MT: I think that’s a good question because investors like to see and receive a lot of data and many will often hire scientists to examine that data. I think there is an important skill set in taking data and then adding a nice visualisation layer so that people can understand it to examine the data set. That visualisation layer can help develop the narrative around what your objective is and what you actually achieved. Some people will take that data and print it off and stick it in a drawer as a piece of audit to prove they did the right thing, and others will treat the data very scientifically and use it to refine their trading and look for areas to improve in future trades.
So you have to be able to accommodate different types of people without confusing them. Empower, don’t intimidate – that’s the feedback we get from a lot of clients.
P&L: From a technical standpoint, what are the challenges associated with this transaction cost estimation?
JC: There are actually a number of challenges. First of all, an accurate cost estimate will depend on having the right data. And while for certain currency pairs in certain market conditions we might have a large quantity of this data, in other currency pairs where algos are not used as frequently we might have much less. So the key is being able to combine all the information we have to ensure that our predictions where we have a smaller sample size of data are as consistently accurate as the ones where we have a very large sample of data.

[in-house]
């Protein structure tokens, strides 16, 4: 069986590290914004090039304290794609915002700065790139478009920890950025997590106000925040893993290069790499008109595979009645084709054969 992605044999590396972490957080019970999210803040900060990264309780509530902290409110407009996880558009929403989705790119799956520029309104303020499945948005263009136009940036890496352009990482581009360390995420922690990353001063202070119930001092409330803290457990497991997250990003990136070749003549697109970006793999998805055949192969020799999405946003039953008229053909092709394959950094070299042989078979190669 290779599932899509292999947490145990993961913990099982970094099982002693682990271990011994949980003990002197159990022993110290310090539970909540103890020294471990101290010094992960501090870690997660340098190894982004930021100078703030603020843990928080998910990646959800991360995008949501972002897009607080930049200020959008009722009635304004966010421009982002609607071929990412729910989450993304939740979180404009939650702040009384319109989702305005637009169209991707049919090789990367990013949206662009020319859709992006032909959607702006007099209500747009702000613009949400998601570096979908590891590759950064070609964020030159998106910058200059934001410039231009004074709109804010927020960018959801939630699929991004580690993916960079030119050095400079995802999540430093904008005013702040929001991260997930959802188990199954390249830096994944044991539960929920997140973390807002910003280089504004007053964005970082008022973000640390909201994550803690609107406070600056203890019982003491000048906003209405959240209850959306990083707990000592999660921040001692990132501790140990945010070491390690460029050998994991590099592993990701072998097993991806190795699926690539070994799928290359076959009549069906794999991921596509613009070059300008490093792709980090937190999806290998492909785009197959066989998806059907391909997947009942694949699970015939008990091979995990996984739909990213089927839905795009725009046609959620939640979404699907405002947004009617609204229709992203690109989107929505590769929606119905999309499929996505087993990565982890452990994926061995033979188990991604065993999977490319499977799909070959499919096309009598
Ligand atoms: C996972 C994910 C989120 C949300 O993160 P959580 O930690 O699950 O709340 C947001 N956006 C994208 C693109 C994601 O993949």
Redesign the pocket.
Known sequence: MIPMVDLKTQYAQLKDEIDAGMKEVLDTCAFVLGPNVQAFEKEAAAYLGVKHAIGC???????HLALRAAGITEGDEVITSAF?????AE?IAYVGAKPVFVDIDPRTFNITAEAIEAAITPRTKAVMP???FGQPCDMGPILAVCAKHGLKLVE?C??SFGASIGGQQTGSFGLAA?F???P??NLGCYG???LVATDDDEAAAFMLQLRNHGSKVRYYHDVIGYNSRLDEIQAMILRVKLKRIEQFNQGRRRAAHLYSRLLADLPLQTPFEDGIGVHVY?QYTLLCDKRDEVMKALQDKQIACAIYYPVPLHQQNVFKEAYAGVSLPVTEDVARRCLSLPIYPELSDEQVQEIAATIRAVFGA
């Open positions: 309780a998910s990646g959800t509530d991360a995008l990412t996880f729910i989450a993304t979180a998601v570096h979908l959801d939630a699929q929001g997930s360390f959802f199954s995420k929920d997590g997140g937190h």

A second challenge lies in estimating transaction costs for particular market conditions – how do we define the market conditions, and how do we model the markets? That’s difficult because markets are extremely complicated and dynamic. And we don’t want to overfit the market so we want to use as few parameters as possible to define the market, but we also want to capture the essence of how the liquidity and volatility are interacting with each other to estimate the market as accurately as possible – this by itself is also challenging.
MT: If you look at equities, pre-trade analytics isn’t as important anymore because I think people trust the process and focus more on anomalies in the post trade data. But FX is still in a phase where people are trying to figure out how markets are normalised and what the structure is, and you’re still in a hybrid trading framework where humans are using data to pick trades.
So as we deliver this tool, which shows clear costs and risks associated with trading in a particular way, there will be a tendency to try to change and switch things, to put limit orders in and poke at the trade and alter it over time. With human intervention, your TCA is going to end up comparing apples and oranges. So it might not be a technical constraint, but we have to work with clients to help them trust the process so that they can refine it better over time.